You may lower your monthly federal student loan payment by consolidating your federal student loans with different interest rates, repayment plans and loan holders into a new loan. However, consolidation may have some disadvantages, so carefully consider the pros and cons. To consolidate, you must be in your grace period or repaying your loans.
Loans You May Consolidate:
- FFELP Stafford Loan (subsidized or unsubsidized)
- Federal Direct Loan (subsidized or unsubsidized)
- FFELP and Federal Direct Parent PLUS Loan
- FFELP and Federal Direct Grad PLUS Loan
- FFELP and Federal Direct Consolidation Loan
- Perkins Loan
- Health Professions Student Loan (HPSL)
- Health Education Assistance Loan (HEAL)
- Nursing Student Loan (NSL)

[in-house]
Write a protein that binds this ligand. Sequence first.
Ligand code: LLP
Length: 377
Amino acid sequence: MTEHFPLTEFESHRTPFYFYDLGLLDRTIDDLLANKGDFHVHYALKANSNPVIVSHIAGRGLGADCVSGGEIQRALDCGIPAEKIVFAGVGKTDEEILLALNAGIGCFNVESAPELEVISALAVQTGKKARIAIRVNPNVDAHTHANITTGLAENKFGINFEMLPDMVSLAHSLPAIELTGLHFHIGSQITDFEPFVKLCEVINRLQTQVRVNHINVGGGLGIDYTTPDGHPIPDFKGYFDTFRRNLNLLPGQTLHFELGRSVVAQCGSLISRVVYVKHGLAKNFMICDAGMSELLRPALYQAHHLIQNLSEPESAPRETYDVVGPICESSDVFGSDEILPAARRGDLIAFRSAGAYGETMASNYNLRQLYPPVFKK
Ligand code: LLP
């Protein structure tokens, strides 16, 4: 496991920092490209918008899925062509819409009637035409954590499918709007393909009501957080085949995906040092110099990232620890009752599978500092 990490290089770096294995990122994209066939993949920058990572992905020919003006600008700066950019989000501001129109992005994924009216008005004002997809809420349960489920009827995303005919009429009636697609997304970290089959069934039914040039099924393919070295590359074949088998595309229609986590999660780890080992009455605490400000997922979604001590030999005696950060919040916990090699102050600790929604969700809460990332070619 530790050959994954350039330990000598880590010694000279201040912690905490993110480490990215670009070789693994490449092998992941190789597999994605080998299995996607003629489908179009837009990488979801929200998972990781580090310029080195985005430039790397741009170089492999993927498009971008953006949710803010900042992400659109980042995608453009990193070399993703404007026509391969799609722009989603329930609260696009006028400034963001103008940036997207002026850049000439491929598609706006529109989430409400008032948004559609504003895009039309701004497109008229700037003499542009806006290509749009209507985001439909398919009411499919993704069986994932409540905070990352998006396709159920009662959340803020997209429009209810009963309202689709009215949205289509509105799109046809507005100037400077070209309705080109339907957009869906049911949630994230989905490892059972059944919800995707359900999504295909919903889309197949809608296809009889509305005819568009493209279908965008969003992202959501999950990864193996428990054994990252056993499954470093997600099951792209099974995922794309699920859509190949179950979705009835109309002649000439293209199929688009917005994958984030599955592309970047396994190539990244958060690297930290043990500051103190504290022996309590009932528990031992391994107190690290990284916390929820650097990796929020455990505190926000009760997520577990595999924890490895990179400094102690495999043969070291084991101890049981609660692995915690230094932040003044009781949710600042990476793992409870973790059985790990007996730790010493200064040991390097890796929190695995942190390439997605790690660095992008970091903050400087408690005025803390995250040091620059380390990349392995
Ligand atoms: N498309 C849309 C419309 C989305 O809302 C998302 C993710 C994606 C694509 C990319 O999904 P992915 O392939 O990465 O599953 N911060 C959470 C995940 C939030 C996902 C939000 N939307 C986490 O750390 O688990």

- SLS Loan (formerly ALAS Loan)
- Federal Insured Student Loan (FISL)
The interest rate is a fixed, weighted average of all the loans you consolidate, rounded to the next highest 1/8%, up to 8.25%.
You can choose a standard, graduated, income-contingent, income-based, or if applicable, an extended repayment plan and may change repayment plans at any time. However, borrowers who are required to repay under the income-contingent plan must make three consecutive monthly payments before changing to another plan. There is no limit to the number of times you may change plans. You will repay the loan over 10 to 30 years, depending on the initial balance of the consolidation loan and the repayment plan chosen.
You can apply for a federal direct consolidation loan by visiting https://studentaid.ed.gov/sa/repay-loans/consolidation. If you are making payments on your federal student loans, talk to your loan holder about temporarily stopping them while your consolidation loan is processed.